Meanwhile, core Crown expenses were $88.28 billion, $0.70 billion less than expected. The net result was an operating deficit before gains and losses of $5.05 billion, $3.57 billion less than expected.
Net core Crown debt was $2.57 billion lower than expected at $107.51 billion (33.9% of GDP).
House building consents a record high.
Statistics NZ’s Building Consents Issued statistics showed there were 3,994 residential building consents in April (84% higher than April 2020’s Covid-impacted result). This saw annual consents for the year to April 2021 hit 42,848, up 15.2% on the year to April 2020, and setting a record high since records began in the 1960s. The annual value of residential consents was $15.84 billion, up 16.3%.
There was also strong annual growth in the value of non-residential consents, up 17.0% to $7.66 billion. The value of farm buildings consented was $291 million, up 10.0%.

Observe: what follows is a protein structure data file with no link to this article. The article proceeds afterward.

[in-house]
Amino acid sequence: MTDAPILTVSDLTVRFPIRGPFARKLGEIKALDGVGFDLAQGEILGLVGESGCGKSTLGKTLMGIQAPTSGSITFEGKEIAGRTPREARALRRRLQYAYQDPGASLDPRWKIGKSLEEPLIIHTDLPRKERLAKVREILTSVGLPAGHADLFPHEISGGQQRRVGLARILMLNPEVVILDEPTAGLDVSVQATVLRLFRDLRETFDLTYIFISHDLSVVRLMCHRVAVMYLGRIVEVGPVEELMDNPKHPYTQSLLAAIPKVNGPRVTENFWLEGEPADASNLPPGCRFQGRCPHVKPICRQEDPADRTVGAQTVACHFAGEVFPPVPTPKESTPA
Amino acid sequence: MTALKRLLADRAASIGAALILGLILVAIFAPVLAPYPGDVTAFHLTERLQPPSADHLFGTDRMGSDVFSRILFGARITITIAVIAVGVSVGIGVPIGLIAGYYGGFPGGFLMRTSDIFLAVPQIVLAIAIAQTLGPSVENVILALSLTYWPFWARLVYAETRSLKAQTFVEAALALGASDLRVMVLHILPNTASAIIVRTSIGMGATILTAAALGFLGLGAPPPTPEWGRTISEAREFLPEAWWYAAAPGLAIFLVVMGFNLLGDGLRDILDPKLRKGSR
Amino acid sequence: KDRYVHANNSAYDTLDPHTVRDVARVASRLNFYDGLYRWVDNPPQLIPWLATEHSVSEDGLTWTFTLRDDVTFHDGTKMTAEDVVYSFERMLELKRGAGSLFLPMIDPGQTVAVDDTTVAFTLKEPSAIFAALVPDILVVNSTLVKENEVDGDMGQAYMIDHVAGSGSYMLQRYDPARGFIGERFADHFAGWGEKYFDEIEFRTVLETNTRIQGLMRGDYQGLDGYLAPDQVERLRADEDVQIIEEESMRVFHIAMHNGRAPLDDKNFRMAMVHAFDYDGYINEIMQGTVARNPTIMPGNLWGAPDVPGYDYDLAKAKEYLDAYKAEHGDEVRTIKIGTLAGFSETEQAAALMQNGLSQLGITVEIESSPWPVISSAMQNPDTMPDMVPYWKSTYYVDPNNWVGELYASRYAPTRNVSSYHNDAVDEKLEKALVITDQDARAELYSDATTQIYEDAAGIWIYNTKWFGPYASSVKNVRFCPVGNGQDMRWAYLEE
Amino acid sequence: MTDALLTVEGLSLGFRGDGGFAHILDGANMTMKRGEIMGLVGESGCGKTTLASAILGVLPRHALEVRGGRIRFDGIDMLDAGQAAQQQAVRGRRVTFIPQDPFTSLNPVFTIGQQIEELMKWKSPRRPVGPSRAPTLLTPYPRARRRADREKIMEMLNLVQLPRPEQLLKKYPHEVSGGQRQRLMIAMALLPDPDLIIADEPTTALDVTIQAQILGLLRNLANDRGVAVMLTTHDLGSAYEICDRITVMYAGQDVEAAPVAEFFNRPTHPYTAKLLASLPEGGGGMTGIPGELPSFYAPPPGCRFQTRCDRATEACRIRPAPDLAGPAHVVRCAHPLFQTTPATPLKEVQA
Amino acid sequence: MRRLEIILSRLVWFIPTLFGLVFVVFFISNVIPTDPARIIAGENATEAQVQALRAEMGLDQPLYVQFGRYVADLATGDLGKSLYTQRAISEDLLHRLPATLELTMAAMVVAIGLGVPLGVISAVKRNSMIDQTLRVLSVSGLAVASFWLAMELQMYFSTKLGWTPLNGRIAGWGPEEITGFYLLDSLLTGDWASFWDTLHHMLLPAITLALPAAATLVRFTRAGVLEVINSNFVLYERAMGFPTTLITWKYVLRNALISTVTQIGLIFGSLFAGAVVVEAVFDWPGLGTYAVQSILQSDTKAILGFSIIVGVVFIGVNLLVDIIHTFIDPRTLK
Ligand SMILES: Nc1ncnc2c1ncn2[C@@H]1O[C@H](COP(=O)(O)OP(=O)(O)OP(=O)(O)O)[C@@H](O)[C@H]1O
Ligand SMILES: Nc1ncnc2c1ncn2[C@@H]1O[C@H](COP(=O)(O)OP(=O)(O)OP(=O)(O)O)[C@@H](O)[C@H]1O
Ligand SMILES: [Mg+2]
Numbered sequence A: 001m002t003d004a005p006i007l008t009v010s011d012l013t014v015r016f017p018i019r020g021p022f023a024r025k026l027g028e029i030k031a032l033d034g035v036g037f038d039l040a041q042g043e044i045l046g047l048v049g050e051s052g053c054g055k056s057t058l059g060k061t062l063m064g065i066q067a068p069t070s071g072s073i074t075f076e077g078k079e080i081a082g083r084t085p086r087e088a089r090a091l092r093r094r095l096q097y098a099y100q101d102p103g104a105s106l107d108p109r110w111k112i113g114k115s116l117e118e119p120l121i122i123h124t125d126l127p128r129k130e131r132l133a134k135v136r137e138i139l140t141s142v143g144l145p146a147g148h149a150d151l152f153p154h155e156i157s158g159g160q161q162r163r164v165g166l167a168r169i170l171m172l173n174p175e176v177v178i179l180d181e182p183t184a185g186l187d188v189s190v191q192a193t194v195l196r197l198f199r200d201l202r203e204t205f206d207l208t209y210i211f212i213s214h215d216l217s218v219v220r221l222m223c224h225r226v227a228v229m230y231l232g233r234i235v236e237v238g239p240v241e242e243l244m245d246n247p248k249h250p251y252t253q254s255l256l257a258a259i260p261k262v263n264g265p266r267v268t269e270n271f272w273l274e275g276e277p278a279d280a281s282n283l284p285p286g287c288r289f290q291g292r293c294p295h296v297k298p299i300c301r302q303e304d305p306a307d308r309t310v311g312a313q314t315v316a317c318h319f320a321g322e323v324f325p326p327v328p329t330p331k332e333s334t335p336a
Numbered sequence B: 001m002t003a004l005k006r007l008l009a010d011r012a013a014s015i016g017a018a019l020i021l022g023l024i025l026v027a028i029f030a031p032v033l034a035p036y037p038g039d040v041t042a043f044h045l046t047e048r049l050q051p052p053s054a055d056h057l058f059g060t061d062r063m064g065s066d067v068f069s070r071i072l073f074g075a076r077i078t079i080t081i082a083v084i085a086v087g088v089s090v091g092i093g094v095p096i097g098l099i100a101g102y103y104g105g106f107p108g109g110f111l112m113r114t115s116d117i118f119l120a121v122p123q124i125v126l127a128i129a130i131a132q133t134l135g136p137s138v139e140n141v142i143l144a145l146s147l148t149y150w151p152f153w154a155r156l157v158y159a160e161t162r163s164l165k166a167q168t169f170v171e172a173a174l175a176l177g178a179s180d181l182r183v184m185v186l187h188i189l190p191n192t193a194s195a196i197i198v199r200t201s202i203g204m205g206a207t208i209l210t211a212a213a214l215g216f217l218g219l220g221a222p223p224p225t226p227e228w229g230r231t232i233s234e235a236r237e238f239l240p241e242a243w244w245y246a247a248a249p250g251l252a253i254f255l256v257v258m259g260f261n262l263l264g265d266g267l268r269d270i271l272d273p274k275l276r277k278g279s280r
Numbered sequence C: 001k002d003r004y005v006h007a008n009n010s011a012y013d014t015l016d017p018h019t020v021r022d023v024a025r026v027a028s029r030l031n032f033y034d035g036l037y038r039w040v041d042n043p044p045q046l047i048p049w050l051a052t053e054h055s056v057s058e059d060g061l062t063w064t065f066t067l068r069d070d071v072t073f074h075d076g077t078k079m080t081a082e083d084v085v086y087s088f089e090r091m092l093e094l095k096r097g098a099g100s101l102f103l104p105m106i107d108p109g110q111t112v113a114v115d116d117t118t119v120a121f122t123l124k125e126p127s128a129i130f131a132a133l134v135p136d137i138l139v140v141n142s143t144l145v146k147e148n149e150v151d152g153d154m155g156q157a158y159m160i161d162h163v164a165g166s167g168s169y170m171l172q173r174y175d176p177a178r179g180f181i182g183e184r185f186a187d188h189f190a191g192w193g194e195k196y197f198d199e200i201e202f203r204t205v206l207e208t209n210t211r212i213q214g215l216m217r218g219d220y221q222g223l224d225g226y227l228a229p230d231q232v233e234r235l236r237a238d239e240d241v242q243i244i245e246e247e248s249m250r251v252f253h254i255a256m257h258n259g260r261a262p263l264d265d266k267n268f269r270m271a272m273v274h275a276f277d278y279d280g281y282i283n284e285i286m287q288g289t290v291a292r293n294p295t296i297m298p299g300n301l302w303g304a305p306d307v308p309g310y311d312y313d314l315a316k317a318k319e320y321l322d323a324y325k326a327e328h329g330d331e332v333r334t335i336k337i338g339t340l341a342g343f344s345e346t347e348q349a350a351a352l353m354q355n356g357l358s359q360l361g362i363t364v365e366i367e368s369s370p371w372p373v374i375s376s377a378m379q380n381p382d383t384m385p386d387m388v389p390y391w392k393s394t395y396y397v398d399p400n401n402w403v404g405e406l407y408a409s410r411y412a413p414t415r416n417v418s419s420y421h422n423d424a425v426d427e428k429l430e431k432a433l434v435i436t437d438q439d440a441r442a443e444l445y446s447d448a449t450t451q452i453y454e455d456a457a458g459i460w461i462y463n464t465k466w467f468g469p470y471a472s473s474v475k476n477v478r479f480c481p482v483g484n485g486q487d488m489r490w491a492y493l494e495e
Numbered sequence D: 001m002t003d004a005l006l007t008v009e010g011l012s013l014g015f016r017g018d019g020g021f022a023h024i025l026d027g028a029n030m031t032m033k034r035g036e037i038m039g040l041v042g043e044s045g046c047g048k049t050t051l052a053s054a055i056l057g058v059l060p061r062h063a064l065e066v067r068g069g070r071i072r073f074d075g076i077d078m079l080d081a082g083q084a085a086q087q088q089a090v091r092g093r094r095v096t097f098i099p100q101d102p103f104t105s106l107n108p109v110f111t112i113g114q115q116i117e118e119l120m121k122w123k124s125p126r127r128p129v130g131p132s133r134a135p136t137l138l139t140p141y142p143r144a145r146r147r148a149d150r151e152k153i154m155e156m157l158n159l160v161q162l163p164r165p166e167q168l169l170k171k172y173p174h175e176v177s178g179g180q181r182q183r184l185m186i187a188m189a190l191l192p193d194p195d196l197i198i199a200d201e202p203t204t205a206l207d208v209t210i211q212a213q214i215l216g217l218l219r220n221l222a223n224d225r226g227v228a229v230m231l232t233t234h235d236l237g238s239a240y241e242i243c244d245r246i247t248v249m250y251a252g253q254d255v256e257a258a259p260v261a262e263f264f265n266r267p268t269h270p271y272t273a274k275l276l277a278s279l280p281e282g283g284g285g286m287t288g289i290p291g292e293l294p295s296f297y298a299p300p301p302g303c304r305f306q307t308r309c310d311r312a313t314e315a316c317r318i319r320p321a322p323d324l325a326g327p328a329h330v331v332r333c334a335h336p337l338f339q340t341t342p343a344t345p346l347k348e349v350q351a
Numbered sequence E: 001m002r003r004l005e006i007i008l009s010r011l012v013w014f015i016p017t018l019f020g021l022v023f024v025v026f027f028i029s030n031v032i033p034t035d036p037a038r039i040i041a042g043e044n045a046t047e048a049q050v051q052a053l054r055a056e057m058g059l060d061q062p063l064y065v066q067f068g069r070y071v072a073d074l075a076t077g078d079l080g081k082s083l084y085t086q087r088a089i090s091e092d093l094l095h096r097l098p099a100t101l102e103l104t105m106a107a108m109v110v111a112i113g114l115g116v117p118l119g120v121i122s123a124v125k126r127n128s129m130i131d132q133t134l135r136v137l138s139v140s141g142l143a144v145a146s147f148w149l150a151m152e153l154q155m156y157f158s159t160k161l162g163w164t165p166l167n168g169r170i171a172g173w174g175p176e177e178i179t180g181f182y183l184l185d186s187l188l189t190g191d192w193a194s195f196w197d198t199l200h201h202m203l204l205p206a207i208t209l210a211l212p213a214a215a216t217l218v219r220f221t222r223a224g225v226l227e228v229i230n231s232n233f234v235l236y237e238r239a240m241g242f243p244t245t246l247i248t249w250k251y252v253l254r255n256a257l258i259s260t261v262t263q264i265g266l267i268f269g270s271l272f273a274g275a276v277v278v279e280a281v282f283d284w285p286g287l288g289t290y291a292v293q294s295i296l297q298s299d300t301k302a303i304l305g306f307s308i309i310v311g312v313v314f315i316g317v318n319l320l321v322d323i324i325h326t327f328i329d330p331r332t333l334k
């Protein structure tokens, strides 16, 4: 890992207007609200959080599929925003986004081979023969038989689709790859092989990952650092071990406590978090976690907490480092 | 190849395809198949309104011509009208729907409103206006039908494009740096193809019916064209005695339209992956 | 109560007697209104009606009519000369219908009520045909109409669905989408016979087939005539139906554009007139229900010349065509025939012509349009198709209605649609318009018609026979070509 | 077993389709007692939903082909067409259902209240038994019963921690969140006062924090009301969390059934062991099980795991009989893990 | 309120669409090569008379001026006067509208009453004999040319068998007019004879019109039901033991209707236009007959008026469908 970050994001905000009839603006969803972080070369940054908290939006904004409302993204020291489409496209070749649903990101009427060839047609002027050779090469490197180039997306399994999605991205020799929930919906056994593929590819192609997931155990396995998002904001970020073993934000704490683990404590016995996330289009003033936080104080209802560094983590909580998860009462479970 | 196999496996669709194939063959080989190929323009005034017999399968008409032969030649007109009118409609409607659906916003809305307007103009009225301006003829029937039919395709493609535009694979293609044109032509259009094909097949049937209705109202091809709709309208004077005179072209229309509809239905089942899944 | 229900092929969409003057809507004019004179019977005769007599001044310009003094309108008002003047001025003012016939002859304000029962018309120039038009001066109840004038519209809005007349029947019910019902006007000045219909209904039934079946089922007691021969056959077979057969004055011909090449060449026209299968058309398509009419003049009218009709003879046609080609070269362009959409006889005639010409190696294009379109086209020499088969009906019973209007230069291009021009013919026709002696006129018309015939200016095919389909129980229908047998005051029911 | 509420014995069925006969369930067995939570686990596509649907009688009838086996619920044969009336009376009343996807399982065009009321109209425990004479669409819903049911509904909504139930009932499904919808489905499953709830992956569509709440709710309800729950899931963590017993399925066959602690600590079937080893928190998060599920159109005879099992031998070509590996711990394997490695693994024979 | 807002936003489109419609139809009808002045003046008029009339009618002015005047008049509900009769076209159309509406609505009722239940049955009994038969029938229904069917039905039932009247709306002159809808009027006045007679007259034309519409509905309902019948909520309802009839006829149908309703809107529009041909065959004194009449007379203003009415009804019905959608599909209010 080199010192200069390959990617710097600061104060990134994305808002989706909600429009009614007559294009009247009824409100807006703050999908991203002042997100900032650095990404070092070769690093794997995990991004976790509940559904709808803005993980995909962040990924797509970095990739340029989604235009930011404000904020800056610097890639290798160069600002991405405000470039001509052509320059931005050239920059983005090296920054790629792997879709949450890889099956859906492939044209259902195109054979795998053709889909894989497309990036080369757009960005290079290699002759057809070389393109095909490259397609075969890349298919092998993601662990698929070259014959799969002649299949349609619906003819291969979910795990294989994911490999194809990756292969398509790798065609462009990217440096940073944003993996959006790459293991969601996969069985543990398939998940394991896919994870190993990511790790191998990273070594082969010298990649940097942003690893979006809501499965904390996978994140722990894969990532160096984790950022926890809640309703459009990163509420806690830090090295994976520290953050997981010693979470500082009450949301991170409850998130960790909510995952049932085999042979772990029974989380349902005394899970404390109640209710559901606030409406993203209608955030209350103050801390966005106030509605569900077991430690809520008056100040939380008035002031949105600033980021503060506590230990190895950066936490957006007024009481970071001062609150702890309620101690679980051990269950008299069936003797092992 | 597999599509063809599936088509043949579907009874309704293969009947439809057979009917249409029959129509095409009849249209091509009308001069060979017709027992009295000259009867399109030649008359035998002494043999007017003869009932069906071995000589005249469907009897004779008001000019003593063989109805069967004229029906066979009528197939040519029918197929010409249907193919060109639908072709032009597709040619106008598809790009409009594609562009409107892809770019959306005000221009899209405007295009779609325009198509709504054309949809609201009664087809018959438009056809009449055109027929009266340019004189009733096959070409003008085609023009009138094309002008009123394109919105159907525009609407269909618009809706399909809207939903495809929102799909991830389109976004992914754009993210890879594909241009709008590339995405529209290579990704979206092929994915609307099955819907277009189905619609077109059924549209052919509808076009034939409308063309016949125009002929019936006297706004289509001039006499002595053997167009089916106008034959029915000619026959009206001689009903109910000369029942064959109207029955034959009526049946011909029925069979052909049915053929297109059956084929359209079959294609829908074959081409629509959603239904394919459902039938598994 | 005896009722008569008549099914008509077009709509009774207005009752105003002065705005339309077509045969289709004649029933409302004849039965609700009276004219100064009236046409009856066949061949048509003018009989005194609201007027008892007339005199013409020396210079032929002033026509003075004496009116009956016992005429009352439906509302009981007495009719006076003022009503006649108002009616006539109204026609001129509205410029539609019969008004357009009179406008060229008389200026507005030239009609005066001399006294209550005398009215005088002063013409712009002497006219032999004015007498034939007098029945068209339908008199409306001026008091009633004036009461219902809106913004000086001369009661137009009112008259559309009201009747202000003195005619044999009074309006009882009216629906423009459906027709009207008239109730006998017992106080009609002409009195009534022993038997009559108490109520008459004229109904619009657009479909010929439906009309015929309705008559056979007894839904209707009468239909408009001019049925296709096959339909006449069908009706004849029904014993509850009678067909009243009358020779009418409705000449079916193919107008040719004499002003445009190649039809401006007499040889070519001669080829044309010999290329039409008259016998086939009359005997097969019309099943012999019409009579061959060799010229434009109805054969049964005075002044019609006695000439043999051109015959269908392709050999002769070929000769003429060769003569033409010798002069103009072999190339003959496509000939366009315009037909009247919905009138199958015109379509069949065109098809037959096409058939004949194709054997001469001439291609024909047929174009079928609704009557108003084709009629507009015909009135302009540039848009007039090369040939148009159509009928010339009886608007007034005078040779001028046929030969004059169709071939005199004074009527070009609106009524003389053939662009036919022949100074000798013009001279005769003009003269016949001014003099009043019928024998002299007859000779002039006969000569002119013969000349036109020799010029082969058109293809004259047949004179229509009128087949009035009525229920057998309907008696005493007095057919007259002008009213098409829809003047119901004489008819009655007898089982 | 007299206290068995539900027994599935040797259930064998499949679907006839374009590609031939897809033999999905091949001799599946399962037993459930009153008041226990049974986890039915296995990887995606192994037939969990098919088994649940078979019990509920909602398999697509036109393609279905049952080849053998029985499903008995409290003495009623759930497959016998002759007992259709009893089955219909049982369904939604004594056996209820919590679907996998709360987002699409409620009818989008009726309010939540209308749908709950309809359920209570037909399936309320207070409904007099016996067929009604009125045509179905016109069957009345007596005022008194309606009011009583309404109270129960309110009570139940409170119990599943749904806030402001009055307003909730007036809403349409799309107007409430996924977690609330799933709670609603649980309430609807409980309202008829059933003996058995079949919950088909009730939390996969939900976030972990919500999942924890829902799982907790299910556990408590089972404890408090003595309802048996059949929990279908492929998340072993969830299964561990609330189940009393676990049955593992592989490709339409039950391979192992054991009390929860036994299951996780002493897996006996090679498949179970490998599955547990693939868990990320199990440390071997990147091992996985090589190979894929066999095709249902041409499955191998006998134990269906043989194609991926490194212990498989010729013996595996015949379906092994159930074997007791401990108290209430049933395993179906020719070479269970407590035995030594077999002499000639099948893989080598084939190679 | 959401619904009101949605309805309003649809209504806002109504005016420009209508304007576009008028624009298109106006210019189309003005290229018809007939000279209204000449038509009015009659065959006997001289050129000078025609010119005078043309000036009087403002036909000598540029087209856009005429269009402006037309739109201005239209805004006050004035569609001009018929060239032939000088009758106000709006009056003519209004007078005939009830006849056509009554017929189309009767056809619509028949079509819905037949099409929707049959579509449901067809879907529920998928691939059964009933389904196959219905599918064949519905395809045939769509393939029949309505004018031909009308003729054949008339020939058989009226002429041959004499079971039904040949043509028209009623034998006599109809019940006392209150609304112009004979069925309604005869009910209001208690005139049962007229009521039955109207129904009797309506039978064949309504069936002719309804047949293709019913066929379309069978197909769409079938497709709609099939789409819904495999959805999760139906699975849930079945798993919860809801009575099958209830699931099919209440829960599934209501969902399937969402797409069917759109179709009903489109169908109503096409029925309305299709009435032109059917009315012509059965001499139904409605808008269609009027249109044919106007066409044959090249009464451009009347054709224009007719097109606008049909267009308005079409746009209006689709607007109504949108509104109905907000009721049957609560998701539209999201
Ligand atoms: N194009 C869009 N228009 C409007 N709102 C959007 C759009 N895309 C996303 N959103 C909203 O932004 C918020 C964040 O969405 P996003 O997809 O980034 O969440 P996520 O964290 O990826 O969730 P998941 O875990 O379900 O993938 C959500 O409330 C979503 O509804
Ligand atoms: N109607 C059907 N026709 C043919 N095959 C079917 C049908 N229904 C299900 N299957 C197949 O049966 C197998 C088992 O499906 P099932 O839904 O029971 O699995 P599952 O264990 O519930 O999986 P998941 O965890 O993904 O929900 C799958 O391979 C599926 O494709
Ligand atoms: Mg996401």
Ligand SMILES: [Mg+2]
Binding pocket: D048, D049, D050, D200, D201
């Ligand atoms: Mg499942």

Although consents are running hot, the building sector is subject to supply constraints, including for labour and materials. Longer term, reductions in immigration should reduce demand for new housing.
NIWA Soil Moisture Data.
NIWA’s latest soil moisture maps (as at 9am Thursday 3 June) show the impacts of last weekend’s heavy rain and flooding in Canterbury. Much of the region’s soils have turned from being significantly drier than usual for this time of year to significantly wetter than usual, although there is a pocket around Cheviot where soils remain much drier than usual. The east coast of the North Island from Hawkes Bay to Wairarapa also remains significantly drier than usual.
The NZ Dollar was down 0.9% for the week against the Trade Weighted Index, and it was down against all our key trading partners.
Source: Reserve Bank of NZ
Wholesale Interest Rates
Over the course of the week the yield for the 90 Day Bank Bill was down 1 point to 0.32%. The 10 year Government Bond yield was down 11 points to 1.77%.
The Reserve Bank will next review monetary policy settings (including the OCR) on 14 July.
|This Week (3/6/21)||Last Week (27/5/21)||Last Month (3/5/21)||Last Year (3/6/20)|
|90 Day Bank Bill||0.32%||0.33%||0.36%||0.26%|
|10 Year Government Bond||1.77%||1.88%||1.65%||0.86%|
Source: Reserve Bank of NZ